A few years ago, on the heels of a sonnet-writing jag, I became interested in famous sonnet hybrids like George Meredith's Modern Love, Hayden Carruth's paragraphs, and Rafael Campo's canciones. Inspired, I cooked up my own recipe for a not-a-sonnet: a discordant 13-liner (rhymed only at will). Here's one in honor of Father's Day…
He held the small boy on the couch
while the doctor clipped the thin stitches
in his chin. If he could have made that
tiny metaphor painless, he would have,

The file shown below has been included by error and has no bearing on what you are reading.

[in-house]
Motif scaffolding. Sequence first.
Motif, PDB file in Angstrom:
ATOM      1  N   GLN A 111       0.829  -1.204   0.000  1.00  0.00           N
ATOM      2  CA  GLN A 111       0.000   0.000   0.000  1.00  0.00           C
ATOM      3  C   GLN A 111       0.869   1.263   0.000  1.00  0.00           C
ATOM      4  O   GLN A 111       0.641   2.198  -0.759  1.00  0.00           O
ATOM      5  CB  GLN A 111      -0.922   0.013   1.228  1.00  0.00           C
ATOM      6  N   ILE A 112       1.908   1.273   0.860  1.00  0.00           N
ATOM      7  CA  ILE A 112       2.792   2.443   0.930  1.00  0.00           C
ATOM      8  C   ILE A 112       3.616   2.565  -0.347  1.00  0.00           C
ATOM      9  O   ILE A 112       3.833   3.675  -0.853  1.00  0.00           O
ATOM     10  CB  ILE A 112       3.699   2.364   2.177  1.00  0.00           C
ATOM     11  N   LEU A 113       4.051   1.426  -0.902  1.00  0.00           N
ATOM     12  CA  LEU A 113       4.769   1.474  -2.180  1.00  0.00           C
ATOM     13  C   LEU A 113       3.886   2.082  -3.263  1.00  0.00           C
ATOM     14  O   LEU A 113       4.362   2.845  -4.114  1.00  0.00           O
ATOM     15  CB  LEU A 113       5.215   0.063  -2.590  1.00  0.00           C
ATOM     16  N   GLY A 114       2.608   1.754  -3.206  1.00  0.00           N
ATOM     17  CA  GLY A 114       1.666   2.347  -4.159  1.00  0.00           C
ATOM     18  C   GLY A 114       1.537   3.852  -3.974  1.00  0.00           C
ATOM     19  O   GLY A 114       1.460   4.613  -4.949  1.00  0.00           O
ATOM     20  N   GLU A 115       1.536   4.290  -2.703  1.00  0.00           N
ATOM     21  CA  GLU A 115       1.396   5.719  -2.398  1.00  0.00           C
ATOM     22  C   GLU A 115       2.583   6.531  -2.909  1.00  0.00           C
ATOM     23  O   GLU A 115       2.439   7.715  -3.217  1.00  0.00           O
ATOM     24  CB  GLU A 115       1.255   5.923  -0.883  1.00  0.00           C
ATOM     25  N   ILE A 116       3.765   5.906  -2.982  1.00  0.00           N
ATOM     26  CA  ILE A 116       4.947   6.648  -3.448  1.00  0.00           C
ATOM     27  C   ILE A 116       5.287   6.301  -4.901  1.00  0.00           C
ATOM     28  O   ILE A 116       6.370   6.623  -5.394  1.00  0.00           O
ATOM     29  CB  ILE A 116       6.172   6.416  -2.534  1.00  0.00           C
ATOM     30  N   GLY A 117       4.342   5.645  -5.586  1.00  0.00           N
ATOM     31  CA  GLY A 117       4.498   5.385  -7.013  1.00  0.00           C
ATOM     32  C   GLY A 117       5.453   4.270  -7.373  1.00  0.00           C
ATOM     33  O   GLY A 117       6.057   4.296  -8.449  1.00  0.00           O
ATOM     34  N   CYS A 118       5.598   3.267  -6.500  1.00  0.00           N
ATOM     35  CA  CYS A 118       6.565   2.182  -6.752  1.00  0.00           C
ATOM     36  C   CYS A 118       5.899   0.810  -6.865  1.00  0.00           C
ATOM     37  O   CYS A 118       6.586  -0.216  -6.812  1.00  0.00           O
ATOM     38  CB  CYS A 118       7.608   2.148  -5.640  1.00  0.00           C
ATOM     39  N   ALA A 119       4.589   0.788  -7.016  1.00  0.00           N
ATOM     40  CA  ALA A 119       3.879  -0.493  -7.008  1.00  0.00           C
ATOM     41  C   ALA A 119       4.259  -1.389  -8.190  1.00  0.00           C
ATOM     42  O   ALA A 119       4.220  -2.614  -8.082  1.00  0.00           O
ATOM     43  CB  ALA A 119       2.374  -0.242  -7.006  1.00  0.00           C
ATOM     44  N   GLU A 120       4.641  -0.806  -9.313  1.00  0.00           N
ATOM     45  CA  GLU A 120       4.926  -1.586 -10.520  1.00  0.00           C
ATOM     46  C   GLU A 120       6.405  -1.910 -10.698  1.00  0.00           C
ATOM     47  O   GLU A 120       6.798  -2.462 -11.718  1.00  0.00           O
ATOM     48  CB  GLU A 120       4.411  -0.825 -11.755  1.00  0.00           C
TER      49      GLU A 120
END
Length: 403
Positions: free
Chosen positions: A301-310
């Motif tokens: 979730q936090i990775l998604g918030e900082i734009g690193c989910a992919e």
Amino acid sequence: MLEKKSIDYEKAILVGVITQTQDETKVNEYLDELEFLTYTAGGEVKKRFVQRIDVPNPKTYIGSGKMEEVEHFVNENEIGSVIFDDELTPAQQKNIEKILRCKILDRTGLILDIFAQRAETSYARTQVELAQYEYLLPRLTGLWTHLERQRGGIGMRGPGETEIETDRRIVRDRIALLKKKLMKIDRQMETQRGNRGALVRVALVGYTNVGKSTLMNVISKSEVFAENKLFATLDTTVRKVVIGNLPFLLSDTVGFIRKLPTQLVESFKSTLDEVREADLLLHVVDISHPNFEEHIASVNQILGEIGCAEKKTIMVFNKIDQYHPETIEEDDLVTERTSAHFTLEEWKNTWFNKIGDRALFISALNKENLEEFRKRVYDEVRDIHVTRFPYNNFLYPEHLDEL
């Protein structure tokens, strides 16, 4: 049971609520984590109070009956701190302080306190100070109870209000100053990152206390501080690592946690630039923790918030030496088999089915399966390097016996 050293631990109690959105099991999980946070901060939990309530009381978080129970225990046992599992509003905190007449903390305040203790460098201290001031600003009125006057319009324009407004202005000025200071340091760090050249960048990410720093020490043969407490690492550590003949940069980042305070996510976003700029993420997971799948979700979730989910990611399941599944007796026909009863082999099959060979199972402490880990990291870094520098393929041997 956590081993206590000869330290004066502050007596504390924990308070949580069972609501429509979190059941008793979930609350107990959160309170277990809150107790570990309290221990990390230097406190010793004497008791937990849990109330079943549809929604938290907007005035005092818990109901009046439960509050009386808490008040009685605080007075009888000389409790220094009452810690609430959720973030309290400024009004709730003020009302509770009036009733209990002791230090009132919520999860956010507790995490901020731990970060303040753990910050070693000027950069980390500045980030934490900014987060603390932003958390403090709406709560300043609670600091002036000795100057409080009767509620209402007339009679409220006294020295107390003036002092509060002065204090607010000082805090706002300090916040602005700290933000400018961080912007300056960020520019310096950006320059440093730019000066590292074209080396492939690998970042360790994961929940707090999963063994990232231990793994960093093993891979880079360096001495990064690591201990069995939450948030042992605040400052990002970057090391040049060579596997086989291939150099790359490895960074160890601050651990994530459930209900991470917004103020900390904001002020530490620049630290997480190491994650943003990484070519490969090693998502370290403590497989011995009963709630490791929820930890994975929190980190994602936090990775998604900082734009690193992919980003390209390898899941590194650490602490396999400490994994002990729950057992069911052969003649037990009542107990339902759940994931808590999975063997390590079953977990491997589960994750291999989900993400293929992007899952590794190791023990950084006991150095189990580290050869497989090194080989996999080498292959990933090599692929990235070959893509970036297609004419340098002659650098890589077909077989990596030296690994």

but knew of no escape from the chasm of
a living room a child is bleeding in,
as a pin sutures what was born
perfectly made. Tearless, the child closes
his eyes in trust, white-lipped, afraid.
So the father wraps his arms around
the little braveness that is him, and Him,
and ultimately, himself: a child's back pressed
to a man's frightened, furiously pounding chest.
from Unraveling at the Name (Copper Canyon Press)